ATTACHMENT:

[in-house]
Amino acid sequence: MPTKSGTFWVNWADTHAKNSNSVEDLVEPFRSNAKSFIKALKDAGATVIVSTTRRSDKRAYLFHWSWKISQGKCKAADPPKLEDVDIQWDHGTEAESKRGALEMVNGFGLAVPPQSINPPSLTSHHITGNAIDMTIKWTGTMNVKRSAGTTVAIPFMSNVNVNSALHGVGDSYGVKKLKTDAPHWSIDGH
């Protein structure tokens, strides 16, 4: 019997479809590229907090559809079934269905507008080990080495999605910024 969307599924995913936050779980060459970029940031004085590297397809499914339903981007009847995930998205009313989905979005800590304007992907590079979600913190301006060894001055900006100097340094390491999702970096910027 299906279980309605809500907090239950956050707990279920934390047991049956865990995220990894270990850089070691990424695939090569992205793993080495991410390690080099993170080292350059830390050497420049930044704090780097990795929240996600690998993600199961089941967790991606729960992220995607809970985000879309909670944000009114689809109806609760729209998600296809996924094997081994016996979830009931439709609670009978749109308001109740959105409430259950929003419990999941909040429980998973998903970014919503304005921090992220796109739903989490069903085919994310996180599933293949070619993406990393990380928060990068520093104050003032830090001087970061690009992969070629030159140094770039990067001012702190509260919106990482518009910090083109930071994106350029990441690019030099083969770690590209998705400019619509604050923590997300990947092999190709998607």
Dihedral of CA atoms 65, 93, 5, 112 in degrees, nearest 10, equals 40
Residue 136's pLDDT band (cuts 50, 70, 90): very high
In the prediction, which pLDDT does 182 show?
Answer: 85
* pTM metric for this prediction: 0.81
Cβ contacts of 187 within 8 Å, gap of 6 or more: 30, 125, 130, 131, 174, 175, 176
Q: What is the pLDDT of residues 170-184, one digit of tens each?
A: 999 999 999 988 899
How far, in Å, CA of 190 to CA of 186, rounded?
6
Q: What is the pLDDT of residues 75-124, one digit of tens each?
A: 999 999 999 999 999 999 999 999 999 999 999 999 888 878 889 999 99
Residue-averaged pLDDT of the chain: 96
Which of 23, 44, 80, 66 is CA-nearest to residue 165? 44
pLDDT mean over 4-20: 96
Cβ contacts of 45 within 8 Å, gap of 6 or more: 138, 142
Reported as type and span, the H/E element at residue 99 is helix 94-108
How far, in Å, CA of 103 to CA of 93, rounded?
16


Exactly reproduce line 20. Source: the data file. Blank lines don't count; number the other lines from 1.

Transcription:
Reported as type and span, the H/E element at residue 99 is helix 94-108